DANBURY, Conn. – Actions are more important than prayers, according to His Holiness the 14th Dalai Lama. During an hourlong public talk Thursday in Danbury titled The Art of Compassion, the Dalai Lama spoke about how most of the problems that trouble the world “are our own creation,” and that jealousy breeds distrust that destroys relationships.
Overcoming such difficulties requires a continued search for inner peace, he said.
“Inner peace does not come only through prayer but from utilizing our intelligence fully,” said the Dalai Lama.
He added, “Any action that brings benefit to someone, you, too get a benefit.”
David Weinberg traveled from Manhattan to the Westside campus of Western Connecticut State University to hear the Dalai Lama, marking the second time he has heard the spiritual of leader Tibet.
“I feel very fortunate to be here, very fortunate to have gotten tickets,” Weinberg said. He first saw the Dalai Lama several years ago at a gathering in Central Park in New York City. “I’m not a strict follower of the Dalai Lama, but being in his presence is an honor and a treat.”
The audience of more than 3,500 in the Feldman Arena at the William A. O’Neill Athletic & Convention Center at WCSU hung on the Dalai Lama's every word, occasionally punctuating his sentences with laughter and applause.
Ticket prices for the event – the first time the Dalai Lama visited the university – ranged from $20 for bleacher seats to $250 for premium locations. Throughout his public talk, the first of two he plans to give at the university, the Dalai Lama wore a blue and yellow WCSU visor.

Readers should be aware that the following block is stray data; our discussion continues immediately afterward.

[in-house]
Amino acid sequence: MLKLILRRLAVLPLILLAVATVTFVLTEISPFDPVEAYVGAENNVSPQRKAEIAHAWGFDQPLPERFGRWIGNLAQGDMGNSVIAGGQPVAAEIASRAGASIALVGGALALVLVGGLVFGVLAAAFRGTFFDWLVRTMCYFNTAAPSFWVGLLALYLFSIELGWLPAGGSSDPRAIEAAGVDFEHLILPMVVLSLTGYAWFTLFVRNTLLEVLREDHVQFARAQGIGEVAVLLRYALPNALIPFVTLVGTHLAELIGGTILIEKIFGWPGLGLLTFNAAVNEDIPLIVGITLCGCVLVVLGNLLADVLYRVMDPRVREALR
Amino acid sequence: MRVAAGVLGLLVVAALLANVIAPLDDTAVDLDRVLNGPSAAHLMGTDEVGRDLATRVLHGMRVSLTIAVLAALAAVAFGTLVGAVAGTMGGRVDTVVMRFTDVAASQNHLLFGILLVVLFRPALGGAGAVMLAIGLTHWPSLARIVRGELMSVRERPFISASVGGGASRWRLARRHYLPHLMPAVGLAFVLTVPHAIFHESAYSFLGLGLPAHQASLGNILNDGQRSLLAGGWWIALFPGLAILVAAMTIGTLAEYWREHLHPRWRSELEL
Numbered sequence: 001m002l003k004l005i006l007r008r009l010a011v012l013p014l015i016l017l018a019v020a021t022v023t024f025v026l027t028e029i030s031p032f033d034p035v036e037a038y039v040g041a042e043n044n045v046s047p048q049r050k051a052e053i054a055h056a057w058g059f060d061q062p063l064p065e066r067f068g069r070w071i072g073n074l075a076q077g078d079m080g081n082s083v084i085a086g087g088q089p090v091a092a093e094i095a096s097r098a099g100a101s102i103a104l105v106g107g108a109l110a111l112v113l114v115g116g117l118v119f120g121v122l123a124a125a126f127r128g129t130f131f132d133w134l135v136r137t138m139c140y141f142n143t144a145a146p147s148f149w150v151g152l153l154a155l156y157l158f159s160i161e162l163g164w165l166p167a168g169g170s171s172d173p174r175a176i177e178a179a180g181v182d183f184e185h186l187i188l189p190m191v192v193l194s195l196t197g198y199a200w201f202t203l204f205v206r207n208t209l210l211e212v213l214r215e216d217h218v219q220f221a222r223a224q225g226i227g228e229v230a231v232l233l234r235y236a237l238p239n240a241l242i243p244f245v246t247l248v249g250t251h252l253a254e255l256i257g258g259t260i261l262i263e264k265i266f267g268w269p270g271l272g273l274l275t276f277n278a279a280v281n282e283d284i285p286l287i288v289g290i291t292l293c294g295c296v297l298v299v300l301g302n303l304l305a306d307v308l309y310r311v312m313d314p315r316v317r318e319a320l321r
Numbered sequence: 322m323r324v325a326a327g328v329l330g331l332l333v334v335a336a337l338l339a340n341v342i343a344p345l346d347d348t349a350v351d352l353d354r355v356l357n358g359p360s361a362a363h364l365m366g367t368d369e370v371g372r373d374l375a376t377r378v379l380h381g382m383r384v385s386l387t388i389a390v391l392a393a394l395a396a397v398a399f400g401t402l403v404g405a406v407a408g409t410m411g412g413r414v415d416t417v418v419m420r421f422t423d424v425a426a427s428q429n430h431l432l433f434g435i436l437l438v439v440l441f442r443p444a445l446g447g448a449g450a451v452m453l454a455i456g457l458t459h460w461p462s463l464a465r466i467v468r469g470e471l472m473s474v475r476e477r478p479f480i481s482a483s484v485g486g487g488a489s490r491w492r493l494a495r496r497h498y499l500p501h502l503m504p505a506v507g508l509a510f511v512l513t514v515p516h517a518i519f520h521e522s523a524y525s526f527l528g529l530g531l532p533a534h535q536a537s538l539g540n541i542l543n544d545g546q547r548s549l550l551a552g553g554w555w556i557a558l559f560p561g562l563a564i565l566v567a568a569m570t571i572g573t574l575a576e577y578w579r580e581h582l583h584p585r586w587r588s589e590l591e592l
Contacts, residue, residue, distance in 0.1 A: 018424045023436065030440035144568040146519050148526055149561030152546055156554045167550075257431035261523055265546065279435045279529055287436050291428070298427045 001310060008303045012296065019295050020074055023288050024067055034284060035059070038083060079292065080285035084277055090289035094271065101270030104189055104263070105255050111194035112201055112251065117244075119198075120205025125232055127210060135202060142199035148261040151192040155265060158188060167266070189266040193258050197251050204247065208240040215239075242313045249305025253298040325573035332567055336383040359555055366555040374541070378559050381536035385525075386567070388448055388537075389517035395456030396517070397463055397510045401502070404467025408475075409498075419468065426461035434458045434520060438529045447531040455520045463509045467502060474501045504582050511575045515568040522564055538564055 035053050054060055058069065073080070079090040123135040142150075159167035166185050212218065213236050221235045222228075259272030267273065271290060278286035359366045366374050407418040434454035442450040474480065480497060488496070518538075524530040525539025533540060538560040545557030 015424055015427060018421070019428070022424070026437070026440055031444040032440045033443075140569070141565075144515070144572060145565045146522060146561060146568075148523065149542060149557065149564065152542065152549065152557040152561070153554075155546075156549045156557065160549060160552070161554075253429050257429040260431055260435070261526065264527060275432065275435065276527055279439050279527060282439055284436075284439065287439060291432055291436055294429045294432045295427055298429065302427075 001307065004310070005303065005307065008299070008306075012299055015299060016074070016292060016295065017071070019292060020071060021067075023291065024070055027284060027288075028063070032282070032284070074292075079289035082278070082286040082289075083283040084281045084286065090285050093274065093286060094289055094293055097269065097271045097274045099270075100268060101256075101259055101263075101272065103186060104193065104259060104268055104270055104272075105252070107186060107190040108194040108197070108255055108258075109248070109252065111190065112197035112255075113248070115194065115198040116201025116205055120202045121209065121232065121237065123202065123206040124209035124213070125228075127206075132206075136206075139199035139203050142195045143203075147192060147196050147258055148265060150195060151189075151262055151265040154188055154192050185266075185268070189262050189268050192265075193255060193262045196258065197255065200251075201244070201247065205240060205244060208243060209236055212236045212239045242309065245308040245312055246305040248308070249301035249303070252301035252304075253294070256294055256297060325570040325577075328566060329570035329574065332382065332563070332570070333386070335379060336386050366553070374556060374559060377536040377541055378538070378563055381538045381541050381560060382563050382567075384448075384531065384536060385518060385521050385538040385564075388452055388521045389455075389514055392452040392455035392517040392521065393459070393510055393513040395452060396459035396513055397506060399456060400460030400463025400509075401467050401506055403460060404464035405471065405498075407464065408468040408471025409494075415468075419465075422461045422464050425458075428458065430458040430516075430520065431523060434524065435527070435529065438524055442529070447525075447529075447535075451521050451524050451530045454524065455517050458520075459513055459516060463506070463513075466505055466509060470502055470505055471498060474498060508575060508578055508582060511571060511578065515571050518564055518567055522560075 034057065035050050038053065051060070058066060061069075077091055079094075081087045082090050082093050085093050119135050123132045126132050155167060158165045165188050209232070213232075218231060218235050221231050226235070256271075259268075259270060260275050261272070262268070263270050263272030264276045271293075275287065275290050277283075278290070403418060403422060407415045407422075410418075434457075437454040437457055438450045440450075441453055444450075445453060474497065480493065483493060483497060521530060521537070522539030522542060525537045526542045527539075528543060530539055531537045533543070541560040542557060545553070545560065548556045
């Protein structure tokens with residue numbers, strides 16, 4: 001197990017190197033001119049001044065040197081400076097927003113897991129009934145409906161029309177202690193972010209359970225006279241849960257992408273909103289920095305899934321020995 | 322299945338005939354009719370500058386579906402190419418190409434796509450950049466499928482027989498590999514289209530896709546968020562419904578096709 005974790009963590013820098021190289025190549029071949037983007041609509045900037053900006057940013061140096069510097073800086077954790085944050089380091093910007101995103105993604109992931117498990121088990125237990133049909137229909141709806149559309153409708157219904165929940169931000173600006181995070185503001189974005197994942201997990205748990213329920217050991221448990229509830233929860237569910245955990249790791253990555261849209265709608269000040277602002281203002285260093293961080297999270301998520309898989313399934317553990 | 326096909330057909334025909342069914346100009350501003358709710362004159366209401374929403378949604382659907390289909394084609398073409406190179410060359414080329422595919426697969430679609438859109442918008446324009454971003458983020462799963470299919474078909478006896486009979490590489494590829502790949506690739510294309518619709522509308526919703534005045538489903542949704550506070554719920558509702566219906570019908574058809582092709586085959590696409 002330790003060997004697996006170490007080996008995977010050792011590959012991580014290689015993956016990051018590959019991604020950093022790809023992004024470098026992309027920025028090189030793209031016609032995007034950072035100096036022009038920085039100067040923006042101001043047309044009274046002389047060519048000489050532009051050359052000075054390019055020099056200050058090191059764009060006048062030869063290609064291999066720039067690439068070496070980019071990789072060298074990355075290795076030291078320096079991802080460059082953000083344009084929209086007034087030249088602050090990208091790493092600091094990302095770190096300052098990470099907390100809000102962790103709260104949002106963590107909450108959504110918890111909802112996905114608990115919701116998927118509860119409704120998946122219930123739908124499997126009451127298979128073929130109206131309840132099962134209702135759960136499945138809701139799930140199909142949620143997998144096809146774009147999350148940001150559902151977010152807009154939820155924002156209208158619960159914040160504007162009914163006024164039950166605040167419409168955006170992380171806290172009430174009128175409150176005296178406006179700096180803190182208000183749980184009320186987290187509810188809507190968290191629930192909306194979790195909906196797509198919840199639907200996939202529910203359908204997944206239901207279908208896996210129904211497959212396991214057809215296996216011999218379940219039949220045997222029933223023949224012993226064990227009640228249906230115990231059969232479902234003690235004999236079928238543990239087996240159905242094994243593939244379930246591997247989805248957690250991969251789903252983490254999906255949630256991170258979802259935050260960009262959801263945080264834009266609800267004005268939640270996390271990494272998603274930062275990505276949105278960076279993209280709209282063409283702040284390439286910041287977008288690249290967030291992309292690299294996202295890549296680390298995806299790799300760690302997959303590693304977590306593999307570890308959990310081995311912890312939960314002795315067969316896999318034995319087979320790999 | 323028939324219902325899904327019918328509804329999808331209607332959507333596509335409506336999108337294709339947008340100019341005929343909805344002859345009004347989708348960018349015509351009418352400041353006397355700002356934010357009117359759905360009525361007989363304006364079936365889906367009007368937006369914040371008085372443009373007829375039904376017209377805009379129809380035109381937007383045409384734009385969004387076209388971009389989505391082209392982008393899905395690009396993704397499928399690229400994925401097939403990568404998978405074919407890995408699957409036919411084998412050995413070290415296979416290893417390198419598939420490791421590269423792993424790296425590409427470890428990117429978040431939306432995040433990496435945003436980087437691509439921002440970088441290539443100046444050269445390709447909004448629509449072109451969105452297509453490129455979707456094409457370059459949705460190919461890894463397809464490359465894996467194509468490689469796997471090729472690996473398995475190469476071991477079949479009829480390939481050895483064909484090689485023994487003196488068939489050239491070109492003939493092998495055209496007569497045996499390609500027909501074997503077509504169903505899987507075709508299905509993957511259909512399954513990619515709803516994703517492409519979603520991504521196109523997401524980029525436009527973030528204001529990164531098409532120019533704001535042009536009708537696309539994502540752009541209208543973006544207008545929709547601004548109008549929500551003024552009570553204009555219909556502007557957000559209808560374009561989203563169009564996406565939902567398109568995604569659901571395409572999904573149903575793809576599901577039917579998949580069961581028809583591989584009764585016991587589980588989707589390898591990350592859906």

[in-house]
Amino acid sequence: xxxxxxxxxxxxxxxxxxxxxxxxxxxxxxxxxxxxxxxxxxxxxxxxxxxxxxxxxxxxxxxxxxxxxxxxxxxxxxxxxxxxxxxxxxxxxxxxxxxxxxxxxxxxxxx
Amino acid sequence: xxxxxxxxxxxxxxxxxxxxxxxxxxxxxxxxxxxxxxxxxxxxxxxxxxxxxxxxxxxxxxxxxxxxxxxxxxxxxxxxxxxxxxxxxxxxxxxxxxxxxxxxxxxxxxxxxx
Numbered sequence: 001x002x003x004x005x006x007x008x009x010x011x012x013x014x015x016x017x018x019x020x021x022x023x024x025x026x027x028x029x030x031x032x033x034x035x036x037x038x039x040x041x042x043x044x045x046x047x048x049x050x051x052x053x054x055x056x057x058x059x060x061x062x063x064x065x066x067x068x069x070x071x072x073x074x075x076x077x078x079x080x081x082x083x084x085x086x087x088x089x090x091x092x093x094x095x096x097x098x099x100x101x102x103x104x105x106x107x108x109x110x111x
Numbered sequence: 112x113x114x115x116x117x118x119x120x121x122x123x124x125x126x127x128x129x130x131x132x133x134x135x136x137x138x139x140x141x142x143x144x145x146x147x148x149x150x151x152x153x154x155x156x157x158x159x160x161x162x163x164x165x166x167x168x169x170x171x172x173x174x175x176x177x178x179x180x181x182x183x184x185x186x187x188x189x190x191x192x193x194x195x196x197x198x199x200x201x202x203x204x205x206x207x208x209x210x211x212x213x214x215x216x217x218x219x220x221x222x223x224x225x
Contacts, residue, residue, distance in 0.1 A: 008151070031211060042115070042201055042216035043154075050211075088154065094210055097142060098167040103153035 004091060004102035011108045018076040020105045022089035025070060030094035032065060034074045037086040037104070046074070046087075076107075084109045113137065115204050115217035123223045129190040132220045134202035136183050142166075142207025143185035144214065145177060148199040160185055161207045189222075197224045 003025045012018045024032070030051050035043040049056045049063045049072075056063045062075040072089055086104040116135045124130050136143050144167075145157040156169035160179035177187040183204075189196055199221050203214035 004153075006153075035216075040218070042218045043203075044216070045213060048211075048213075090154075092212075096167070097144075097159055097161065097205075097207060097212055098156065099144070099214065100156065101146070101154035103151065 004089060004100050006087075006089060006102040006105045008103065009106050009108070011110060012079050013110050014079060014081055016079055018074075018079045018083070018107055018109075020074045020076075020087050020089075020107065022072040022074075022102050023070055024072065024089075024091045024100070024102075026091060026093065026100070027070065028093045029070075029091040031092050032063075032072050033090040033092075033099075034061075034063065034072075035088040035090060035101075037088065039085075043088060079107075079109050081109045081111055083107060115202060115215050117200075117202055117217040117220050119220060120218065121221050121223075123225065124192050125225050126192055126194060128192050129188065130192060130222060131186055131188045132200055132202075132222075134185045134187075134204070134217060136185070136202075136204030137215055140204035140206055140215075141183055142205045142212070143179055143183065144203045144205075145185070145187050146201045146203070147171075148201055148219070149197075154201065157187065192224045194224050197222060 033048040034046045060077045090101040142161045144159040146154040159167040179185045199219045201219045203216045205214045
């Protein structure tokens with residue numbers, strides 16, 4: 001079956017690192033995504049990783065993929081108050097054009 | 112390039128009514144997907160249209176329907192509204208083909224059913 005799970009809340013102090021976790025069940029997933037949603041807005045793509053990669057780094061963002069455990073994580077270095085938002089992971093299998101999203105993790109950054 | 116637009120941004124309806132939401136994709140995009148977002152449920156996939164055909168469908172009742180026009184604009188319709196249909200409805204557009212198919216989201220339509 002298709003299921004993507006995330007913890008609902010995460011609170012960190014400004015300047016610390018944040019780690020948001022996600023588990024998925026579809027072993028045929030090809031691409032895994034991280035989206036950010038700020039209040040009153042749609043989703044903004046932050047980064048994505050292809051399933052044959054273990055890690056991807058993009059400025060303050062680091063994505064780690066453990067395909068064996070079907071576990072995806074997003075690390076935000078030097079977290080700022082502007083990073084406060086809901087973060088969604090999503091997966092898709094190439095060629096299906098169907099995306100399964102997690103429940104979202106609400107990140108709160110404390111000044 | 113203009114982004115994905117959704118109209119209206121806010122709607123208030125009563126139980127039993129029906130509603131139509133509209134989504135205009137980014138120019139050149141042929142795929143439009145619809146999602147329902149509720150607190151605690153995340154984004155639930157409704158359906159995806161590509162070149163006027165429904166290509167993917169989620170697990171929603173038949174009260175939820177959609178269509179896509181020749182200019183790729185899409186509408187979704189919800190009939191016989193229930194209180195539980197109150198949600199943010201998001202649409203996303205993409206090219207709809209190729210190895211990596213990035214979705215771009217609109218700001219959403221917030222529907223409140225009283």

Actor, humanitarian and Tibetan authority Richard Gere introduced the Dalai Lama, calling him a great teacher and leader. Gere said he has known the Dalai Lama for more than 30 years and learns new things from him with each visit.
“To be in the presence of a completely reliable spiritual teacher is extraordinary,” Gere said.
The Dalai Lama’s second public talk, titled Advice for Daily Life, is scheduled for 10 a.m. Friday, and it is sold out like the Thursday discussion. The talk can be viewed online at a specially created website for his visit, in addition to a free live video feed at the Ives Concert Hall in White Hall at the WCSU Midtown campus at 181 White St. in downtown Danbury.
WestConn senior David Rogers said attending the event was extremely important to him. “This is a once-in-a-lifetime thing,” he said. “This is an individual who has created great change in the world, and who has the potential to create much more.”